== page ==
Japan Archive Museum Commemorating Kamikaze Pilots in Oita to Close its Doors in 2024

The Yomiuri Shimbun
Takayasu Kawano looks at items on display at the Yokaren Shiryokan archive museum in Oita City on Nov. 15.

OITA — An archive museum exhibiting items left behind by pilots who died on kamikaze attack missions during the Pacific War will close down in August 2024, three years after the death of its founder, who was a kamikaze pilot during the war.

The museum’s collection of about 3,000 artifacts will be donated to Oita City’s Gokoku Shrine, which is one of the Gokoku shrines nationwide, dedicated to those who died for the country.

The museum, Yokaren Shiryokan, opened in 1988. Yokaren means naval aviator trainees in the former Imperial Japanese Navy and late in the war, they were trained as kamikaze pilots. Shiryokan means archive museum.

Kiichi Kawano, who founded the museum and died in 2021 at the age of 95, renovated his home to house the museum.

The museum is currently run by his son Takayasu, 68.

Kawano was born in Hasama, which is now a part of Yufu, Oita Prefecture. After graduating from a national school, he joined the yokaren. In July 1945, as the war situation worsened for Japan, he joined the kamikaze attack unit at Kisarazu Naval Air Group in Chiba Prefecture.

Kawano exchanged uniforms with another member of the unit before the latter went on his attack mission. He told Kawano that he would be waiting for him in the ocean and was later killed in action.

On Aug. 15, 1945, just before his own mission, the Emperor announced Japan’s defeat.

“I failed to die,” Kawano thought and returned home disappointed.

After the war, he began working part-time for the prefectural police before setting up a real estate business.

Kawano came up with the idea to establish a museum after visiting Yushokan archive museum, which displays artifacts that belonged to yokaren trainees, in Ami, Ibaraki Prefecture, in 1985. He wanted to create a space to commemorate those who had given their lives for the country at such a young age by displaying items those pilots left behind.

Kawano opened the museum on Aug. 14, 1988, at the age of 62 in a renovated section of his house. He had stopped working so he could focus on conveying the horrors of war.

Initially, the museum only exhibited items and photos related to his wartime comrades. However, the collection grew as Kawano received similar items from all over the country.

Every year, several hundred visitors from around Japan would come to the museum. Since Kawano’s death, his son, who lives elsewhere in the city, has taken charge of responding to those who make bookings to visit on their website.

However, his son has realized that it has become difficult to manage the museum’s valuable collection, which includes farewell letters written by the kamikaze pilots. With no one willing to take over, the younger Kawano decided to close the museum in 2024, a year before the 80th anniversary of the end of World War II.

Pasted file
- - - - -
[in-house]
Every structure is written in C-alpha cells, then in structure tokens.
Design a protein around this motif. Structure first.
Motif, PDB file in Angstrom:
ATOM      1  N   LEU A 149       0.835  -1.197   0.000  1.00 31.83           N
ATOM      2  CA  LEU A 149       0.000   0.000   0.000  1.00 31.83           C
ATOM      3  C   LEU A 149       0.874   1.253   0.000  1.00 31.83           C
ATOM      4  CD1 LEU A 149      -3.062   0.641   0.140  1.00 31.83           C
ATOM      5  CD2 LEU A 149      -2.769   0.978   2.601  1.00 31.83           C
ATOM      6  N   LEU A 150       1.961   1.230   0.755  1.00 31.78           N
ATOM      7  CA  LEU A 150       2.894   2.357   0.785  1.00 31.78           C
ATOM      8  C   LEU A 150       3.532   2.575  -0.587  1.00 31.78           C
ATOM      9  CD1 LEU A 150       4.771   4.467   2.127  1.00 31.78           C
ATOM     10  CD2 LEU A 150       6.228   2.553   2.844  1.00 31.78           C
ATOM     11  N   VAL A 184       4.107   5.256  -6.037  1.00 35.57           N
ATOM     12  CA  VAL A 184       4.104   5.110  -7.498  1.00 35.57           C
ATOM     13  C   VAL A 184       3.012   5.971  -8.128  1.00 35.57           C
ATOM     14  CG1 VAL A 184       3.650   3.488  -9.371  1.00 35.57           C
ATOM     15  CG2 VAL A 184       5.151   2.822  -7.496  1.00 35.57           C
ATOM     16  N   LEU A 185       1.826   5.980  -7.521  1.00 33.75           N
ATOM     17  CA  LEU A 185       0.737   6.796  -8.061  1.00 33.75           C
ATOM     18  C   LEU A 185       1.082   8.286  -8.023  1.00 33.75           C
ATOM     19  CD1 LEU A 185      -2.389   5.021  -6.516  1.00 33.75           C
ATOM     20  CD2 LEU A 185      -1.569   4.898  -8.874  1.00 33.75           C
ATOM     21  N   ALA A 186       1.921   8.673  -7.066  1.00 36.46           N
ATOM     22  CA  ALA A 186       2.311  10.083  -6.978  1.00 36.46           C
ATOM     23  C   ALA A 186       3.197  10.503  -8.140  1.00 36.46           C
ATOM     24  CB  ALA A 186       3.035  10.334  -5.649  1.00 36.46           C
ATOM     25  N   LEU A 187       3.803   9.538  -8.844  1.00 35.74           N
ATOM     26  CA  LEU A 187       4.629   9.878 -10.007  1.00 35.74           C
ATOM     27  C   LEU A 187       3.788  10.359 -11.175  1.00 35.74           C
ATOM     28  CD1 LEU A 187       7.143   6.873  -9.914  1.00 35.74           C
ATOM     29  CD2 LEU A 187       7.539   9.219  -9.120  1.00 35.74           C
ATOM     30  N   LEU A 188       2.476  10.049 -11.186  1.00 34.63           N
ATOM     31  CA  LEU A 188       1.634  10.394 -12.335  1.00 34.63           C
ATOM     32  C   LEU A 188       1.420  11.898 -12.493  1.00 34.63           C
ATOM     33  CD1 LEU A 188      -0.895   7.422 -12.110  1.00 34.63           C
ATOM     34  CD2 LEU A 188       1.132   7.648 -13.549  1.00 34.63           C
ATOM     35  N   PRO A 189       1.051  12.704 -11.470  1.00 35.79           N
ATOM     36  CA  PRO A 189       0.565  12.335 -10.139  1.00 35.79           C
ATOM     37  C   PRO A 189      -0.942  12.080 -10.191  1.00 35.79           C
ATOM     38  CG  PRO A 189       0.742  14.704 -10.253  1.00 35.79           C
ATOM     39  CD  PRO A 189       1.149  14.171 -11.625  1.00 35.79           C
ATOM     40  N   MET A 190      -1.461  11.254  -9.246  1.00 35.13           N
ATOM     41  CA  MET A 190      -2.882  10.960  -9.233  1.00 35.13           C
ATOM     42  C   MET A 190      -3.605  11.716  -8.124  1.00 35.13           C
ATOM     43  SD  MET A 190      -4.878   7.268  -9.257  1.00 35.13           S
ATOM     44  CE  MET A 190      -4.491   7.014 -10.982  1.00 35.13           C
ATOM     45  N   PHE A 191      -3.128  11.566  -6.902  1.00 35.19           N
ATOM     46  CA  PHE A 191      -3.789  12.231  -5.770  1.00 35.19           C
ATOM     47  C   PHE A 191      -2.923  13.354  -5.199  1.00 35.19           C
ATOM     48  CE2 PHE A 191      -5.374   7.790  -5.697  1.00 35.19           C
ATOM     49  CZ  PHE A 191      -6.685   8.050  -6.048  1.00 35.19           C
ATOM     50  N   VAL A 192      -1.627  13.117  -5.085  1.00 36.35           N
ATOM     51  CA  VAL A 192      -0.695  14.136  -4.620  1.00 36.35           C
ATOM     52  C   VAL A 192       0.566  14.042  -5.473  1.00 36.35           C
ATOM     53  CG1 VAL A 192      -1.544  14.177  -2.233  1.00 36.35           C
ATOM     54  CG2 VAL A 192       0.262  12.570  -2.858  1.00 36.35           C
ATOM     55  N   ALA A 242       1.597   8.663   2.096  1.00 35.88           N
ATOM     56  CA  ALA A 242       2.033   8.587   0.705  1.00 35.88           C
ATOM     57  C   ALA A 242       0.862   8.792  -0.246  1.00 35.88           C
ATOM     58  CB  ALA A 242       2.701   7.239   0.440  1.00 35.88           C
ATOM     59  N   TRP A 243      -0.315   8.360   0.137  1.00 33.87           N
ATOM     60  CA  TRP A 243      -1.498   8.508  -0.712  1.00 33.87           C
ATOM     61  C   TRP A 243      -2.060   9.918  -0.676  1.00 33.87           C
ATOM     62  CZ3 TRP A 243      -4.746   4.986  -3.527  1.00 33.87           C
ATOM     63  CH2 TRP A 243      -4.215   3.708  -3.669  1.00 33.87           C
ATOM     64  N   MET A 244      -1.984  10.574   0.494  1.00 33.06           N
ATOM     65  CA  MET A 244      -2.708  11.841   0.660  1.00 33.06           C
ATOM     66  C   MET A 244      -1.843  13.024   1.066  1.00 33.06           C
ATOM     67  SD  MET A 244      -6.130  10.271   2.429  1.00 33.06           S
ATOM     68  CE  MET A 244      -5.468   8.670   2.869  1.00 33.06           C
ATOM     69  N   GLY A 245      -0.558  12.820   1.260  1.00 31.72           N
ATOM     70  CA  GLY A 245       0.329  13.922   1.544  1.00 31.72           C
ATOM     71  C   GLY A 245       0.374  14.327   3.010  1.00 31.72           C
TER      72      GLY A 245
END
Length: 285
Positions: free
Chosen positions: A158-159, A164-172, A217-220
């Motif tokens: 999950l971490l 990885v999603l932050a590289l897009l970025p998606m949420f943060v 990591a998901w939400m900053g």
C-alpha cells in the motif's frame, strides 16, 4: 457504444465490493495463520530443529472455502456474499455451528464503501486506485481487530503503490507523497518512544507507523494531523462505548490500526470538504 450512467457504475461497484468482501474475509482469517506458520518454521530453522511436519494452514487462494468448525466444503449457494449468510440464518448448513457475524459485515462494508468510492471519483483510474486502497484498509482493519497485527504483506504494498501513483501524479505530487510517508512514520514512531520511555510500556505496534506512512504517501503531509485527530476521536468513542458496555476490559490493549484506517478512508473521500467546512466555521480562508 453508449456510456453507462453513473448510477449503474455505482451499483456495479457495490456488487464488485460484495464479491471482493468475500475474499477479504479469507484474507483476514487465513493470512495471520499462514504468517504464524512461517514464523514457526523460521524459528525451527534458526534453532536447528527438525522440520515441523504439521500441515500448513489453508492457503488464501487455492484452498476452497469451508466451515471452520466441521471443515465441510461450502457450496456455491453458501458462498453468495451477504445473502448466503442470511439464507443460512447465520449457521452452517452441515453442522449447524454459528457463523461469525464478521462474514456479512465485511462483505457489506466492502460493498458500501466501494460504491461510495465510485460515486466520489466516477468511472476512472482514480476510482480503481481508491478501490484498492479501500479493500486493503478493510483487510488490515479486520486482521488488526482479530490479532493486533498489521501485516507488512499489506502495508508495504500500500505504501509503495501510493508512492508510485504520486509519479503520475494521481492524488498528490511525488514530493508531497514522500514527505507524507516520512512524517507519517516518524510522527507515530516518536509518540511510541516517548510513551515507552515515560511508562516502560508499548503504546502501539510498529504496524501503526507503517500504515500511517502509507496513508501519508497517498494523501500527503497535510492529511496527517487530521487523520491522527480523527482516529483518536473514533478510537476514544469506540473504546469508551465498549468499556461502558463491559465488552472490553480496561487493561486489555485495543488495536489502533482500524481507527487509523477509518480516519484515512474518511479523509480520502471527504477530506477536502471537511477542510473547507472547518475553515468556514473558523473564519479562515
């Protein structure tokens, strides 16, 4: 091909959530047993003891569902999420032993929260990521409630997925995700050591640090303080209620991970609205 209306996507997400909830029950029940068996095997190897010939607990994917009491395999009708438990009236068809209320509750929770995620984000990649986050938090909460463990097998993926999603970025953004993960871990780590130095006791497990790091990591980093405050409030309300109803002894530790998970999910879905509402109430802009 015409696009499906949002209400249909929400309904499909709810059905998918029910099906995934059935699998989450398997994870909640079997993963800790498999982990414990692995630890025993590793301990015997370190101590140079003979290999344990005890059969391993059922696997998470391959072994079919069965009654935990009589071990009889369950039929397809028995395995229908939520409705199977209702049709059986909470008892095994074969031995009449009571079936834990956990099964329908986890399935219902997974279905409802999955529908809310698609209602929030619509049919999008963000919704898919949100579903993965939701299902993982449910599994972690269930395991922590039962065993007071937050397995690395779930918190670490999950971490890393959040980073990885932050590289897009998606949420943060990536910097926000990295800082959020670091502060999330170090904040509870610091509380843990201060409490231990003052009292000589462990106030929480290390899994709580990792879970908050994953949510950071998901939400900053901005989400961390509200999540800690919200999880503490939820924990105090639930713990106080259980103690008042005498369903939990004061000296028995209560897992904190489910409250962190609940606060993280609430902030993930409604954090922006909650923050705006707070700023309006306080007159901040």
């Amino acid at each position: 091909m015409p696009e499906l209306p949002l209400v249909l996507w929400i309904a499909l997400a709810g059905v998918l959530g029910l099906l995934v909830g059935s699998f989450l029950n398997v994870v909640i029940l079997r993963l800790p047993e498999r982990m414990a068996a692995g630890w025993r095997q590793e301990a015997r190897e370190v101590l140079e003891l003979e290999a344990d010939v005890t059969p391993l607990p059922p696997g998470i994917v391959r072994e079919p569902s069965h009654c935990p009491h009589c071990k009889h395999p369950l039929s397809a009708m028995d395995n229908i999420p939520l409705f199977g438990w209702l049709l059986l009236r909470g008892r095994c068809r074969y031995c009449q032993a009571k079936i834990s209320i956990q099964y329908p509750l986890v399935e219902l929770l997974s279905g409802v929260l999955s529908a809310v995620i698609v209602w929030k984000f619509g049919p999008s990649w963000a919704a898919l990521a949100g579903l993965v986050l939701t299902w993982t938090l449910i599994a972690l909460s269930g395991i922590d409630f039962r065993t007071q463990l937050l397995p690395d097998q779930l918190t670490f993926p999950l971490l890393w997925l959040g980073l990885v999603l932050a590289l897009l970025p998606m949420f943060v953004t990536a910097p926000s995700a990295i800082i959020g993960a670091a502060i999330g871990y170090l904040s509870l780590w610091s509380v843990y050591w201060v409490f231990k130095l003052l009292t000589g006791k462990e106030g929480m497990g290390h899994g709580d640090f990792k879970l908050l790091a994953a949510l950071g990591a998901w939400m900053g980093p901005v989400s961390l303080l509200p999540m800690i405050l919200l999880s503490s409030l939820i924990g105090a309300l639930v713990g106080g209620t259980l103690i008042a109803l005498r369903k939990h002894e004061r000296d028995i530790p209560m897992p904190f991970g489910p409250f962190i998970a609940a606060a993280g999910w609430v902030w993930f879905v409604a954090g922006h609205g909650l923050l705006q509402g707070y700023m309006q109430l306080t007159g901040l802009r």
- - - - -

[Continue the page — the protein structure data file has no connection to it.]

He spoke with the local Gokoku Shrine, and the shrine said it would accept the collection.

“I hope the museum’s collection, which is filled with the wishes and souls of many people, will continue to be used with care,” said Soei Hirata, head of the Toyo-no-kuni Usa-shi Juku, a citizens’ group in Usa in the prefecture.

Hirata, who is an Usa Naval Air Group researcher, visited the museum in November.

The Gokoku Shrine is planning to set up an area to display the items from the collection. Some items from the museum have already been moved to the shrine.

“By exhibiting the collection, I hope people will realize that Japan was built on the tragic loss of many lives,” said Hidefumi Yasaka, 62, the shrine’s chief priest.

The museum is scheduled to hold a closing ceremony around late May 2024 and officially close on Aug. 14, the same day as its opening in 1988. Visitors will be able to visit the museum through May.

“I would be grateful if my father’s wishes could be passed on to future generations,” Takayasu said.

Others forced to close

More and more private archive museums exhibiting such items have closed, mostly because those running the facility are aging, and the facilities that are still open are finding it difficult to remain so.

In addition to the Yokaren Shiryokan museum in Oita City, the privately run Okayama Kushu Shiryo Center, which focused on the Okayama air raid, closed in 2017.

In Kitakyushu, the Kitakyushu Heiwa Shiryokan, which was run by a citizens’ group, closed in 2022 following the opening of the Kitakyushu City Museum of Peace, which is run by the city. The citizens’ group museum was also having difficulty maintaining the artifacts.

Yoshiko Komatsu, 55, a former employee of the closed museum, took over the collection and opened Kitakyushu Heiwa Shiryoshitsu Tico Place in June.

Komatsu said the advantages of having a private facility is that “the thoughts of the exhibitors can be directly conveyed to the visitors.”

She added that running the facility is very challenging and that “there is a serious shortage of manpower.”